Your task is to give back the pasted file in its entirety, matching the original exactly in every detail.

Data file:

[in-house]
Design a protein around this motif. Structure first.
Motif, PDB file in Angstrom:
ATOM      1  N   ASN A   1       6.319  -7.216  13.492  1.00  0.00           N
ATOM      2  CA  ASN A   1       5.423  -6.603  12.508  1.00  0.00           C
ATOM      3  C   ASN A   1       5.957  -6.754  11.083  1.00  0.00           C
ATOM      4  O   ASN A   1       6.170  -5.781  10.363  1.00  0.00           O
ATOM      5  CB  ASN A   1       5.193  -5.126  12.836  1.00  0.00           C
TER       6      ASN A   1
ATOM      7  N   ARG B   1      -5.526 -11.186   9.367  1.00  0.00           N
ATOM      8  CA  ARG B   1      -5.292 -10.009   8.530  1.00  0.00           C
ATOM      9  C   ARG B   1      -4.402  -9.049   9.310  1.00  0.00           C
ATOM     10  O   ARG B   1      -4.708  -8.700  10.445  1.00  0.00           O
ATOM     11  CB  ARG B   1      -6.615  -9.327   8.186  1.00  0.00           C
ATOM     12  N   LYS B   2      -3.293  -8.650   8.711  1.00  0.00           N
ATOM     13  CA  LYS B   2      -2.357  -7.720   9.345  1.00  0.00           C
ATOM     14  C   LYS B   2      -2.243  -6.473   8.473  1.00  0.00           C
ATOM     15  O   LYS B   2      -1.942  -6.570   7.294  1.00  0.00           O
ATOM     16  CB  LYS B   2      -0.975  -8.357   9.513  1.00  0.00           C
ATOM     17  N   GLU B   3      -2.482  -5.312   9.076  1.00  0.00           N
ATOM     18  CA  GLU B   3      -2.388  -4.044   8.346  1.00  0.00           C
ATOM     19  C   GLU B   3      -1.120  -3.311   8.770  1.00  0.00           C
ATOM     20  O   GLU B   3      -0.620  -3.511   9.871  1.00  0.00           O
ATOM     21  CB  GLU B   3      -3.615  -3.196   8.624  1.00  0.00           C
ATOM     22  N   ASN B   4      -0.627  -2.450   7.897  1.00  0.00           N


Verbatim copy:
[in-house]
Design a protein around this motif. Structure first.
Motif, PDB file in Angstrom:
ATOM      1  N   ASN A   1       6.319  -7.216  13.492  1.00  0.00           N
ATOM      2  CA  ASN A   1       5.423  -6.603  12.508  1.00  0.00           C
ATOM      3  C   ASN A   1       5.957  -6.754  11.083  1.00  0.00           C
ATOM      4  O   ASN A   1       6.170  -5.781  10.363  1.00  0.00           O
ATOM      5  CB  ASN A   1       5.193  -5.126  12.836  1.00  0.00           C
TER       6      ASN A   1
ATOM      7  N   ARG B   1      -5.526 -11.186   9.367  1.00  0.00           N
ATOM      8  CA  ARG B   1      -5.292 -10.009   8.530  1.00  0.00           C
ATOM      9  C   ARG B   1      -4.402  -9.049   9.310  1.00  0.00           C
ATOM     10  O   ARG B   1      -4.708  -8.700  10.445  1.00  0.00           O
ATOM     11  CB  ARG B   1      -6.615  -9.327   8.186  1.00  0.00           C
ATOM     12  N   LYS B   2      -3.293  -8.650   8.711  1.00  0.00           N
ATOM     13  CA  LYS B   2      -2.357  -7.720   9.345  1.00  0.00           C
ATOM     14  C   LYS B   2      -2.243  -6.473   8.473  1.00  0.00           C
ATOM     15  O   LYS B   2      -1.942  -6.570   7.294  1.00  0.00           O
ATOM     16  CB  LYS B   2      -0.975  -8.357   9.513  1.00  0.00           C
ATOM     17  N   GLU B   3      -2.482  -5.312   9.076  1.00  0.00           N
ATOM     18  CA  GLU B   3      -2.388  -4.044   8.346  1.00  0.00           C
ATOM     19  C   GLU B   3      -1.120  -3.311   8.770  1.00  0.00           C
ATOM     20  O   GLU B   3      -0.620  -3.511   9.871  1.00  0.00           O
ATOM     21  CB  GLU B   3      -3.615  -3.196   8.624  1.00  0.00           C
ATOM     22  N   ASN B   4      -0.627  -2.450   7.897  1.00  0.00           N